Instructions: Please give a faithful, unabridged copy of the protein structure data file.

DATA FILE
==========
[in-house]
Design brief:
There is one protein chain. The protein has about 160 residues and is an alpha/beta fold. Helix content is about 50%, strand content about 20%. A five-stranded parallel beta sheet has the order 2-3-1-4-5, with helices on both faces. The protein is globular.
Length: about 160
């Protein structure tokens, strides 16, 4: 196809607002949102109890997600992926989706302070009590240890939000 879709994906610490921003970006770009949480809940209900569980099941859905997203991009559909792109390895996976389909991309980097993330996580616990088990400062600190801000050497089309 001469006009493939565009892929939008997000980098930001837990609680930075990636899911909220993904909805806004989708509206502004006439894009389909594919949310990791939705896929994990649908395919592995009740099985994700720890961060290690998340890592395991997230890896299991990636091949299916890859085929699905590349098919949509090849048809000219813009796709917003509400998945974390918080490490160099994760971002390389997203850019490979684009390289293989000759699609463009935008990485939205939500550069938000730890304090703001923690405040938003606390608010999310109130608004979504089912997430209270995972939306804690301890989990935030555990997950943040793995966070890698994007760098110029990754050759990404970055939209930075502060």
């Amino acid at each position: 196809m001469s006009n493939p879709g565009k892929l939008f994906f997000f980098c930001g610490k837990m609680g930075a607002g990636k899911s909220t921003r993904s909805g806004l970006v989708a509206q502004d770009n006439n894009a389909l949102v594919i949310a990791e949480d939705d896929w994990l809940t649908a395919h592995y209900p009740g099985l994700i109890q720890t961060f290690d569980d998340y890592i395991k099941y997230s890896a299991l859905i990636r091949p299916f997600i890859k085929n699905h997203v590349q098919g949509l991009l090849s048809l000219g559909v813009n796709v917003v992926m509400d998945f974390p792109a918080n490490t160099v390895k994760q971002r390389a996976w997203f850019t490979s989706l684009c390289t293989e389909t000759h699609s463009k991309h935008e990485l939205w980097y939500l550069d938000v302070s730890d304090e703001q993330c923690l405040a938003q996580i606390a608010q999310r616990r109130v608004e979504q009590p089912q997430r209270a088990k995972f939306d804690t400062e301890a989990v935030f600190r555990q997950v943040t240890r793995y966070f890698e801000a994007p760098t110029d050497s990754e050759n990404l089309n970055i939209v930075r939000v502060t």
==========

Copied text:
[in-house]
Design brief:
There is one protein chain. The protein has about 160 residues and is an alpha/beta fold. Helix content is about 50%, strand content about 20%. A five-stranded parallel beta sheet has the order 2-3-1-4-5, with helices on both faces. The protein is globular.
Length: about 160
């Protein structure tokens, strides 16, 4: 196809607002949102109890997600992926989706302070009590240890939000 879709994906610490921003970006770009949480809940209900569980099941859905997203991009559909792109390895996976389909991309980097993330996580616990088990400062600190801000050497089309 001469006009493939565009892929939008997000980098930001837990609680930075990636899911909220993904909805806004989708509206502004006439894009389909594919949310990791939705896929994990649908395919592995009740099985994700720890961060290690998340890592395991997230890896299991990636091949299916890859085929699905590349098919949509090849048809000219813009796709917003509400998945974390918080490490160099994760971002390389997203850019490979684009390289293989000759699609463009935008990485939205939500550069938000730890304090703001923690405040938003606390608010999310109130608004979504089912997430209270995972939306804690301890989990935030555990997950943040793995966070890698994007760098110029990754050759990404970055939209930075502060």
């Amino acid at each position: 196809m001469s006009n493939p879709g565009k892929l939008f994906f997000f980098c930001g610490k837990m609680g930075a607002g990636k899911s909220t921003r993904s909805g806004l970006v989708a509206q502004d770009n006439n894009a389909l949102v594919i949310a990791e949480d939705d896929w994990l809940t649908a395919h592995y209900p009740g099985l994700i109890q720890t961060f290690d569980d998340y890592i395991k099941y997230s890896a299991l859905i990636r091949p299916f997600i890859k085929n699905h997203v590349q098919g949509l991009l090849s048809l000219g559909v813009n796709v917003v992926m509400d998945f974390p792109a918080n490490t160099v390895k994760q971002r390389a996976w997203f850019t490979s989706l684009c390289t293989e389909t000759h699609s463009k991309h935008e990485l939205w980097y939500l550069d938000v302070s730890d304090e703001q993330c923690l405040a938003q996580i606390a608010q999310r616990r109130v608004e979504q009590p089912q997430r209270a088990k995972f939306d804690t400062e301890a989990v935030f600190r555990q997950v943040t240890r793995y966070f890698e801000a994007p760098t110029d050497s990754e050759n990404l089309n970055i939209v930075r939000v502060t």